This Is Where: Deep in The Woods of East Texas

Wednesday, April 23, 2014

A photo from Cathy Wells of Palestine, Texas of her mother's burial plot

It's National Poetry Month and our friends at public radio WLRN in Miami, in conjunction with O, Miami poetry festival have launched a poetry project they're calling "This Is Where."

We've asked you to submit your own poems about places that have had meaning. Every Wednesday this month we'll be featuring one of your poems. To participate, write a short poem describing a place that is important to you and submit it either here at TheTakeaway.org or on Twitter.

If you're submitting on Twitter, include the hashtag #ThisIsWhere. If you're in South Florida be sure to tweet it to @WLRN, and if you live anywhere else tweet it to us @TheTakeaway, or give us a call at 1-877-869-8253.

Among the memorable listener-submitted poems was the one below from listener Cathy Wells of Palestine, Texas. Her poem describes a cemetery deep in the woods of East Texas. 

Today she explains the story behind the poem, and how one plot of land connects her family across generations.

This is where my mother is buried.

This is where I will be buried too.

In a family cemetery on

This land, cleared and tamed and fenced

By a child-bride who celebrated her golden wedding anniversary

Before she lay down, deep in the woods of East Texas

Beneath the tall pines punctuated by brilliant dogwoods

Mere steps from the home she kept

And swept

And where she slept,

Not forever, but just for the night

With the man who tamed the land with her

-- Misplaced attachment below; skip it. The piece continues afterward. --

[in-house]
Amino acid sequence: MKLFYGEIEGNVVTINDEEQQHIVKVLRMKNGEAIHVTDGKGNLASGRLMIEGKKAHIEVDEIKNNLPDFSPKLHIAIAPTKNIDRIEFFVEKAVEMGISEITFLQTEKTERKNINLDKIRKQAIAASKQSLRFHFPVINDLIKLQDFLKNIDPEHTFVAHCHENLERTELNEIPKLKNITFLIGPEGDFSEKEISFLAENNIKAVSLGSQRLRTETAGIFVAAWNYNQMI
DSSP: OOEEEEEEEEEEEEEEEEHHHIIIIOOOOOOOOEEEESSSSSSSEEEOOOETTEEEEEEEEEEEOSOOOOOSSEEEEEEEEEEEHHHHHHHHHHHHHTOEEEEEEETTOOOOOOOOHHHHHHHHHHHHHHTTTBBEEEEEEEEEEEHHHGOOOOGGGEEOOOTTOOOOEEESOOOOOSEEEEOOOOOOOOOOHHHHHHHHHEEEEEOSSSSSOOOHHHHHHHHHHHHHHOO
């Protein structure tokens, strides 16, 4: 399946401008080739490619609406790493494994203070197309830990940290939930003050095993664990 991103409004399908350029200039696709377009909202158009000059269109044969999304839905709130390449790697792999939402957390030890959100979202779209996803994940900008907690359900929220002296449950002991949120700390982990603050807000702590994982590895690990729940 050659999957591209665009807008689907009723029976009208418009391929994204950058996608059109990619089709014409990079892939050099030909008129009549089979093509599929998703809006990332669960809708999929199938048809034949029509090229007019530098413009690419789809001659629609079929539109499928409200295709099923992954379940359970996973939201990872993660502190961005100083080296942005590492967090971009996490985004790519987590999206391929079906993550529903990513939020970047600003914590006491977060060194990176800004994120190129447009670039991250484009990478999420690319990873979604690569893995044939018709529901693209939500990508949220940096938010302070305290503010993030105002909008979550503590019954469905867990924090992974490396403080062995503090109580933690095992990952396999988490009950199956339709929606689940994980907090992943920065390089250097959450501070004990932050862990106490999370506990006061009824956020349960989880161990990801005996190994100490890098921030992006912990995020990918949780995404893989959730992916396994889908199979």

and oversaw the digging and the laying of the stone.

Who mows and tends this place alone,

This place where my mother is buried. 

 

Guests:

Cathy Wells

Hosted by:

Todd Zwillich

Produced by:

Mythili Rao

Editors:

T.J. Raphael

Comments [3]

Randy Hair from Mountain View, CA

I was listening to Cathy Wells' wonderful poem and story with interest... and then was greatly surprised when she briefly mentioned the adventure of living in Teheran and graduating in 1976 at the Embassy there. I whipped out my Teheran American School yearbook and there she was. Great story, Cathy, and well told.

Apr. 23 2014 04:20 PM
Cathy Wells from Palestine, Texas

Thank you, Dan, for your kind words. I was inspired by the other poems and stories I've heard on The Takeaway and was honored to be able to share a little about my family and the place that means so much to me.

Apr. 23 2014 03:40 PM
Dan Sarper from Aventura, Fl.

To the producer(Sorry, I forgot your name.) I thought the one word that best describes Cathy Wells' poem and talk is "beautiful." The sound of her voice, what she said, and how she said it. I haven't been able to find an email or phone number for her. If you can, and if you feel it's appropriate, please let her know. Thank you, Dan Sarper, Aventura, Florida.(W.L.R.N., 91,3fm)

Apr. 23 2014 02:14 PM

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